Ali Hajimiri, Thomas G. Myers Professor of Electrical Engineering, and colleagues Steven Bowers, Kaushik Sengupta, and Kaushik Dasgupta were awarded the 2015 Microwave Prize for the most significant contribution by a published paper in the previous year to the field of interest of the IEEE Microwave Theory and Techniques Society. The paper is entitled “Integrated Self-Healing for mm-Wave Power Amplifiers”. IEEE Microwave Theory and Techniques Society promotes the advancement of microwave theory and its applications, including radio frequency, microwave, millimeter-wave, and terahertz technologies. [List of past recipients]

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Professor Hajimiri Receives Excellence in Teaching Award


Ali Hajimiri, Thomas G. Myers Professor of Electrical Engineering, has received a 2013-2014 Associated Students of the California Institute of Technology (ASCIT) Teaching Award. [List of past recipients]

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Bending the Light with a Tiny Chip


Ali Hajimiri, Thomas G. Myers Professor of Electrical Engineering, and colleagues have developed a new light-bending silicon chip that acts as a lens-free projector--and could one day end up in your cell phone. They were able to bypass traditional optics by manipulating the coherence of light—a property that allows the researchers to "bend" the light waves on the surface of the chip without lenses or the use of any mechanical movement. [Caltech Release]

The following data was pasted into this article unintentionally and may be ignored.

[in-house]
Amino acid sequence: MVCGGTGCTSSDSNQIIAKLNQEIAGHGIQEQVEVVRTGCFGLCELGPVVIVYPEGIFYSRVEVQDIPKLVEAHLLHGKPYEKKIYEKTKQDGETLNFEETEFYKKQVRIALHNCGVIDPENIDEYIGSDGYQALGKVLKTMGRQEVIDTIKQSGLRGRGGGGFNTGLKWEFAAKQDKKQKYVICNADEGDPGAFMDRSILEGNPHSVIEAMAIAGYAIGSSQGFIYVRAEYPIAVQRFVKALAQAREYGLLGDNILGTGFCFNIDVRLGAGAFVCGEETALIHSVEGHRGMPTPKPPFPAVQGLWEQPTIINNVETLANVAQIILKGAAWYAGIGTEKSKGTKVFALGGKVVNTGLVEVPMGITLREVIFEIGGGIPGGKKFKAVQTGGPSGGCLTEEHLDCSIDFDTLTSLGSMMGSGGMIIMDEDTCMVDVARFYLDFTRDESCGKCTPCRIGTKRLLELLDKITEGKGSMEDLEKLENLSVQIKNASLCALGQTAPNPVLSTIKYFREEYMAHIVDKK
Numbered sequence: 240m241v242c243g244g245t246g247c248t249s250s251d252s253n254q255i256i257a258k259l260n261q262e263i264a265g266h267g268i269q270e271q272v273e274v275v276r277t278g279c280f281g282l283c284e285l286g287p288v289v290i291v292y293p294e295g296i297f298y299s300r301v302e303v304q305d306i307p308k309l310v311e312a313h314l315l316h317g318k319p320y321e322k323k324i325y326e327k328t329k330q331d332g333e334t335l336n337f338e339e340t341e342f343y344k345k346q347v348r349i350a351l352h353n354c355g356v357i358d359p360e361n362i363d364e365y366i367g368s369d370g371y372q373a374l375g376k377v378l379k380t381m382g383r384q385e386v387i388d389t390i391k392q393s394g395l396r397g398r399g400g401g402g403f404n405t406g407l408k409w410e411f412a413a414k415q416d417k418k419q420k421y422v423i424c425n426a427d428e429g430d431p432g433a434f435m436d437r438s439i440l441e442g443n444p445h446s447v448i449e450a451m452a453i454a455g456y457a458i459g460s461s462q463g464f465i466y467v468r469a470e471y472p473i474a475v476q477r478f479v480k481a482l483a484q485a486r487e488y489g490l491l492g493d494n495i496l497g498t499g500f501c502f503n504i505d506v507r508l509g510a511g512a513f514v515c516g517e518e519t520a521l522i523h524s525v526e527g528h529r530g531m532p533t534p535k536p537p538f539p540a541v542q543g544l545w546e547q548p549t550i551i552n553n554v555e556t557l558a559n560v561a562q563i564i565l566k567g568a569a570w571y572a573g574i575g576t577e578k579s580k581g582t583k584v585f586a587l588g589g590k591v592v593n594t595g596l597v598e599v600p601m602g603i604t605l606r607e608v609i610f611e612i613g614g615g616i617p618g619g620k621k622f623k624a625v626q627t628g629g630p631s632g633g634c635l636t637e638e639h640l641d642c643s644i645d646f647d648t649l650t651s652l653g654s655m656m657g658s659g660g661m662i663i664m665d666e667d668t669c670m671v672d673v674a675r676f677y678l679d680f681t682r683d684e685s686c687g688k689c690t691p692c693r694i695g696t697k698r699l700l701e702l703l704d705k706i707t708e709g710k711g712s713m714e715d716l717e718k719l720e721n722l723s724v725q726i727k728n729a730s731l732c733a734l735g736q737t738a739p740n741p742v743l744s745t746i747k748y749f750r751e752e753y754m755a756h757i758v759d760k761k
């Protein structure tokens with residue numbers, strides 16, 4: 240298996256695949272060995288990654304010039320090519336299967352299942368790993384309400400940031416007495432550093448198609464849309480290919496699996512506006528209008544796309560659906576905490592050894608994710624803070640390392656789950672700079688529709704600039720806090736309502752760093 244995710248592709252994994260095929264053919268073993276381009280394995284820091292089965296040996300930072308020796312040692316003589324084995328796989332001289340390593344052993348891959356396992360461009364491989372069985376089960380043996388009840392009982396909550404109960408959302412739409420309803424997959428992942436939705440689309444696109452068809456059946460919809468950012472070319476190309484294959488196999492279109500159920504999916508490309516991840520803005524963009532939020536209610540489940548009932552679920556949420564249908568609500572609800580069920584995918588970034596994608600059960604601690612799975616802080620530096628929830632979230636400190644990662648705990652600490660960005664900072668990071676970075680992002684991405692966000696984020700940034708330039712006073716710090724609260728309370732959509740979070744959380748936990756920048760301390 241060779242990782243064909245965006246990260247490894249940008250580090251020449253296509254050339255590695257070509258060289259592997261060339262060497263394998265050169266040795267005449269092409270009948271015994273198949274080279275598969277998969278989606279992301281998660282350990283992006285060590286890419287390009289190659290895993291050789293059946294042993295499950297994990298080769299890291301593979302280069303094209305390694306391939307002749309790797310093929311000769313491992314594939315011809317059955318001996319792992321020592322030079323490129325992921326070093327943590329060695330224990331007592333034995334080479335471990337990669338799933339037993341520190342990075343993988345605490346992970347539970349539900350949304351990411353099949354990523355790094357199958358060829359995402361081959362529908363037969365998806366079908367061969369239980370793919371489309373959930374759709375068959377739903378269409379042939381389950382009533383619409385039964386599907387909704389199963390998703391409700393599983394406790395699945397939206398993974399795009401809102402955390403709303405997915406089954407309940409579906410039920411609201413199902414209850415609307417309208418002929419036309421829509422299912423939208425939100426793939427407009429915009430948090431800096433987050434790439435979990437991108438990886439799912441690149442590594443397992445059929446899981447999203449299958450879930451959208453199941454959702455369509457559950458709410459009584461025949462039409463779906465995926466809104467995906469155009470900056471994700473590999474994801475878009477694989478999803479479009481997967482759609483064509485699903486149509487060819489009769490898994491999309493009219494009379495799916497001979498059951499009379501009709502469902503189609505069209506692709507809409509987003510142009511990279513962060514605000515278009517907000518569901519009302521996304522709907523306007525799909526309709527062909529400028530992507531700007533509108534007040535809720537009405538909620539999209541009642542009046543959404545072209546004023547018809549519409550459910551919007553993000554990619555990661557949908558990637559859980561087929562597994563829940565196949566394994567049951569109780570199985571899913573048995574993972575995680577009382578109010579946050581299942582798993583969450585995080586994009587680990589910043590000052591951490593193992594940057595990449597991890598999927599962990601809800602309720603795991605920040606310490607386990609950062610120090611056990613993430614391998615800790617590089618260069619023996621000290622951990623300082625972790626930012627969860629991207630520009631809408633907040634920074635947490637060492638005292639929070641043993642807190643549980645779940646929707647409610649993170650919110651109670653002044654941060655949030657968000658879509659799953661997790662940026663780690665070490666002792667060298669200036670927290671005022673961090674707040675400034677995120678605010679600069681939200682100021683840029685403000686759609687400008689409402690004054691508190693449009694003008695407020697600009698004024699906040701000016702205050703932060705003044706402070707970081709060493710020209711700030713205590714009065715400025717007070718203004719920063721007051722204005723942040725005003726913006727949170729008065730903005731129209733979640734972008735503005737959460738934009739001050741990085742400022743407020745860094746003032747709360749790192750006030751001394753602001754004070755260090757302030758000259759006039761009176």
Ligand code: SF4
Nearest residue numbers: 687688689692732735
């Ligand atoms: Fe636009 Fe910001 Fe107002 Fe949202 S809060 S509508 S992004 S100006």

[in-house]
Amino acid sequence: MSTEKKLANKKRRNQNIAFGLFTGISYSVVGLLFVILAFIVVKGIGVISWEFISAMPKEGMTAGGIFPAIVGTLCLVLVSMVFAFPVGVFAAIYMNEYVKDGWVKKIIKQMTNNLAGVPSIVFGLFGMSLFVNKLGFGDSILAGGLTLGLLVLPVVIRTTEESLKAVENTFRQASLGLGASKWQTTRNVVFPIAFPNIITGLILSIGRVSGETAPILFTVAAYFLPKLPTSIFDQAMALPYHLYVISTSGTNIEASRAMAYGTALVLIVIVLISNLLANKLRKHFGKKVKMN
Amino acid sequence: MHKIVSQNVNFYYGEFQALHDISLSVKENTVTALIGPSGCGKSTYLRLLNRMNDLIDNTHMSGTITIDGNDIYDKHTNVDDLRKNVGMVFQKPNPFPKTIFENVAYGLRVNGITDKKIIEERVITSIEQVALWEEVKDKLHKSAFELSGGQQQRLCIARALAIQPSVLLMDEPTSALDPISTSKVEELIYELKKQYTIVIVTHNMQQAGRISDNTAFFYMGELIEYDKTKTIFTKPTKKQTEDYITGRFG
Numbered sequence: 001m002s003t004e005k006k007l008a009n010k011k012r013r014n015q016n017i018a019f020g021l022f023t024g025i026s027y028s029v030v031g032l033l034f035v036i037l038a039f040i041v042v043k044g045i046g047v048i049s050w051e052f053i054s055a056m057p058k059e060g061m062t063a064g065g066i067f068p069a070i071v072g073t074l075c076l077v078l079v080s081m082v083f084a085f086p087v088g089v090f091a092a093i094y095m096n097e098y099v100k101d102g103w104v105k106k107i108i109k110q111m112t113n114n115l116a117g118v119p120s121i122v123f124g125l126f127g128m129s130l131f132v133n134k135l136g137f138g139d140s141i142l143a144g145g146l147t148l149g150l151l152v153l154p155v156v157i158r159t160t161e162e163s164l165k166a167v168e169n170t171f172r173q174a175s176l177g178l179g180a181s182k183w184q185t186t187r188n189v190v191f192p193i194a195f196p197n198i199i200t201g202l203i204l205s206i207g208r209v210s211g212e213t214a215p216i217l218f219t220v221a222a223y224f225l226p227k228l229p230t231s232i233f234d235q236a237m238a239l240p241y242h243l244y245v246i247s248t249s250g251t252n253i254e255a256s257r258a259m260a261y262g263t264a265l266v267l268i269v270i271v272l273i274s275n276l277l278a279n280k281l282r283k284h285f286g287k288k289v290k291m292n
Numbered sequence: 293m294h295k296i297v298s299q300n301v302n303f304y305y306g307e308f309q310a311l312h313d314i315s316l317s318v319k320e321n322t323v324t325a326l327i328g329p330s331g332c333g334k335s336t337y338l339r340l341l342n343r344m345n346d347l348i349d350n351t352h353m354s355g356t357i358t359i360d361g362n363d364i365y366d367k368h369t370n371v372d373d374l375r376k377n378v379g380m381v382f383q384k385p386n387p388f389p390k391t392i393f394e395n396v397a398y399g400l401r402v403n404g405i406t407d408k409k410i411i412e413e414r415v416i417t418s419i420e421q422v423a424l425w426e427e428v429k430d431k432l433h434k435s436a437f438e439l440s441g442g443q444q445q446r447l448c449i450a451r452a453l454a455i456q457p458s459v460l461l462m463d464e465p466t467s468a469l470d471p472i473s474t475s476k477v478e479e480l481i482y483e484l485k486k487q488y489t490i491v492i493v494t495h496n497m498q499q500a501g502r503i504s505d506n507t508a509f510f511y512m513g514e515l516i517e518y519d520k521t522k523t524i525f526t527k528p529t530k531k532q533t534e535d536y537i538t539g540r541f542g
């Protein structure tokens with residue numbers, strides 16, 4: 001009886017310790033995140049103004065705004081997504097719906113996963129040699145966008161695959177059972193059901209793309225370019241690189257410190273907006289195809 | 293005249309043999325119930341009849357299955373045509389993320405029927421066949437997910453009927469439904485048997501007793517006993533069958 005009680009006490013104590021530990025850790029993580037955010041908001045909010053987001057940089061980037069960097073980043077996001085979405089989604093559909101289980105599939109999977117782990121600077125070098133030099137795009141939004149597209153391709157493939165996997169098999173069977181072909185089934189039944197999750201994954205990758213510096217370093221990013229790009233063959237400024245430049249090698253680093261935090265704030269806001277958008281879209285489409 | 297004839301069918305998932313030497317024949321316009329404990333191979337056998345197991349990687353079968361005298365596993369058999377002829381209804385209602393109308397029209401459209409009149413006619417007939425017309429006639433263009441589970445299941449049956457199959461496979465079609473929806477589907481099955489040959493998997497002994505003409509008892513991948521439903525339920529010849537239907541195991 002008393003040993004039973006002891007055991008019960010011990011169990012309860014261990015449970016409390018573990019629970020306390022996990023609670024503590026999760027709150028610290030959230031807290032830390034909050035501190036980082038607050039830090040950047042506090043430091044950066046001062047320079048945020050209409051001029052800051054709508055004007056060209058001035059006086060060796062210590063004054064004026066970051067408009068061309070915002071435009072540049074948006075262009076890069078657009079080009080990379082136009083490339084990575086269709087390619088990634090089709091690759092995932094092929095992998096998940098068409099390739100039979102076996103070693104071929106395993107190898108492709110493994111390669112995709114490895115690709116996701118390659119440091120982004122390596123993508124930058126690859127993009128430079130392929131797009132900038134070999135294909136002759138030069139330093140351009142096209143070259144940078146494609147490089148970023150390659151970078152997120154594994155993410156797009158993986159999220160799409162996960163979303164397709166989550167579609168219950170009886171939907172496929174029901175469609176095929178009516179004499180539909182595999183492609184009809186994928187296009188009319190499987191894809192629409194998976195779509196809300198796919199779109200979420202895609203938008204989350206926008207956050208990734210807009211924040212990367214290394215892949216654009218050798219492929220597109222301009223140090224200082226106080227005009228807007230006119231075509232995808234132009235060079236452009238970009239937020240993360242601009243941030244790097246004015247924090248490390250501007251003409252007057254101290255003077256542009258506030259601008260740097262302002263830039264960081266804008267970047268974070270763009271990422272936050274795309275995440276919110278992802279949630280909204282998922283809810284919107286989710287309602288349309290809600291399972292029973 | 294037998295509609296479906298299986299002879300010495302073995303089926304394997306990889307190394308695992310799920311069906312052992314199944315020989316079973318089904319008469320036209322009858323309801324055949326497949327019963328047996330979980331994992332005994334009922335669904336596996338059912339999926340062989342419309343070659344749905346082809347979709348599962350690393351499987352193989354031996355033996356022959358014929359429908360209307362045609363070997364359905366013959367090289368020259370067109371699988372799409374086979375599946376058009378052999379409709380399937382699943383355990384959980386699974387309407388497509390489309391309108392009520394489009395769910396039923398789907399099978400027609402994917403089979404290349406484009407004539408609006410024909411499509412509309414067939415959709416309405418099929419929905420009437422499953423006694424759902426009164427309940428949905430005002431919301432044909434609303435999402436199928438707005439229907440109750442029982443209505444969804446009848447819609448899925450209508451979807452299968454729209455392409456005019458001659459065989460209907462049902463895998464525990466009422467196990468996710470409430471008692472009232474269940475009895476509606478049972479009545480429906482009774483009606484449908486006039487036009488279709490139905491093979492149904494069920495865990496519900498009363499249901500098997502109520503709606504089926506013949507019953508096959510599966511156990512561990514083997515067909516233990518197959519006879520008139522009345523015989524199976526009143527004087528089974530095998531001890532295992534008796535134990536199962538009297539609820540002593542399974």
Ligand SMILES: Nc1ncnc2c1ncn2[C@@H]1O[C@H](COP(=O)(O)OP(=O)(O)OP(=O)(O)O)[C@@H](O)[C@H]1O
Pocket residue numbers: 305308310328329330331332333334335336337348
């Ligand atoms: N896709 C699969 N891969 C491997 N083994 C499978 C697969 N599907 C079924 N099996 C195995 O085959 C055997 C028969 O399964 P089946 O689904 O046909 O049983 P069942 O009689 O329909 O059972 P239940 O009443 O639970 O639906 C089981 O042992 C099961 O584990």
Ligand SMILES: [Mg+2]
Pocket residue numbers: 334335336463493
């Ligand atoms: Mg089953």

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Creating Indestructible Self-Healing Circuits


Ali Hajimiri, Thomas G. Myers Professor of Electrical Engineering, and colleagues have built electronic chips that repair themselves. The team has demonstrated this self-healing capability in tiny power amplifiers. The amplifiers are so small, in fact, that 76 of the chips—including everything they need to self-heal—could fit on a single penny. In perhaps the most dramatic of their experiments, the team destroyed various parts of their chips by zapping them multiple times with a high-power laser, and then observed as the chips automatically developed a work-around in less than a second. [Caltech Release]

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A New Tool for Secret Agents—And the Rest of Us


Ali Hajimiri, Thomas G. Myers Professor of Electrical Engineering, and Postdoctoral Scholar in Electrical Engineering, Kaushik Sengupta, have developed tiny inexpensive silicon microchips that generate terahertz (THz) waves that fall into a largely untapped region of the electromagnetic spectrum and that can penetrate a host of materials without the ionizing damage of X-rays. When incorporated into handheld devices, the new microchips could enable a broad range of applications in fields ranging from homeland security to wireless communications to health care, and even touchless gaming. "This extraordinary level of creativity, which has enabled imaging in the terahertz frequency range, is very much in line with Caltech's long tradition of innovation in the area of CMOS technology," says Chair Ares Rosakis. "Caltech engineers, like Ali Hajimiri, truly work in an interdisciplinary way to push the boundaries of what is possible." [Caltech Release]

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Intellectual Ventures-Caltech Invention Competition Winners Announced


Third place in the 2012 Intellectual Ventures Invention Competition and $10,000 went to senior Alexander Hu and graduate students Steven Bowers, Kaushik Dasgupta, and Kaushik Sengupta. Drawing inspiration from the biological world and the ability of living things to heal wounds, they designed a circuit with its own fully integrated system for self-healing.  This group was mentored by Ali Hajimiri, Thomas G. Myers Professor of Electrical Engineering. [Caltech Feature]

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Department of Electrical Engineering